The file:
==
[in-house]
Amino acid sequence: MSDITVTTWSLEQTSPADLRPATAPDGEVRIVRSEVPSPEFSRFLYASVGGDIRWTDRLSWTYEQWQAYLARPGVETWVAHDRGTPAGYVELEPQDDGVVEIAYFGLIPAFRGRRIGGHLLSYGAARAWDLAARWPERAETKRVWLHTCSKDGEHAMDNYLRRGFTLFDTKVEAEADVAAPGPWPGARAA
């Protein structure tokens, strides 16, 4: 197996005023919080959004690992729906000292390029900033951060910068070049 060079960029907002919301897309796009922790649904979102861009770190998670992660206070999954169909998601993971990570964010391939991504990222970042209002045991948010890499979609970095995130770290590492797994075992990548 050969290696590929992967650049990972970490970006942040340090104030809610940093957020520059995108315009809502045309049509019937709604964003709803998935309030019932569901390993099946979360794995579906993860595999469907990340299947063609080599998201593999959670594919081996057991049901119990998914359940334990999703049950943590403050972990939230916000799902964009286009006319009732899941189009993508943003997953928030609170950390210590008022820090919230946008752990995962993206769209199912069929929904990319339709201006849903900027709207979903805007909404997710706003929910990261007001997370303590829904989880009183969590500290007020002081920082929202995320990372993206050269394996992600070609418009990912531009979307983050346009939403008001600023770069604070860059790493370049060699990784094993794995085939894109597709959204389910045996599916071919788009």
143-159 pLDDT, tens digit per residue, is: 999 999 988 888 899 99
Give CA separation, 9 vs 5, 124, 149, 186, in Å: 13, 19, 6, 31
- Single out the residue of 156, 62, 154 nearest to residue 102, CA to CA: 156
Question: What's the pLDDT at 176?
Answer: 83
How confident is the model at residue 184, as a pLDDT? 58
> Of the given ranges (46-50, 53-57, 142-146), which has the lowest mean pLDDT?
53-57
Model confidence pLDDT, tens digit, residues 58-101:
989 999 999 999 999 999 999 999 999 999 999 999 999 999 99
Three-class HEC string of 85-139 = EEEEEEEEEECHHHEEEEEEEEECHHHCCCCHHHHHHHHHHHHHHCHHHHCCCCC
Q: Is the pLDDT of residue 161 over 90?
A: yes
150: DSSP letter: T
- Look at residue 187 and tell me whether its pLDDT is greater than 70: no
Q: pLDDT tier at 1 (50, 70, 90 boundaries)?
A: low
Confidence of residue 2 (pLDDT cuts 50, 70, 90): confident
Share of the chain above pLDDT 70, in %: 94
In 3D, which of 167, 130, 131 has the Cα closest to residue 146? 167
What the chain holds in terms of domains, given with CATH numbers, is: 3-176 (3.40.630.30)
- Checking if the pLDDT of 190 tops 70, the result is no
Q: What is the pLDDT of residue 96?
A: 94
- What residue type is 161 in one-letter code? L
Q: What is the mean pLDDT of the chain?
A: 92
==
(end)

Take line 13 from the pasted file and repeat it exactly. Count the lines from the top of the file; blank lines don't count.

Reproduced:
989 999 999 999 999 999 999 999 999 999 999 999 999 999 99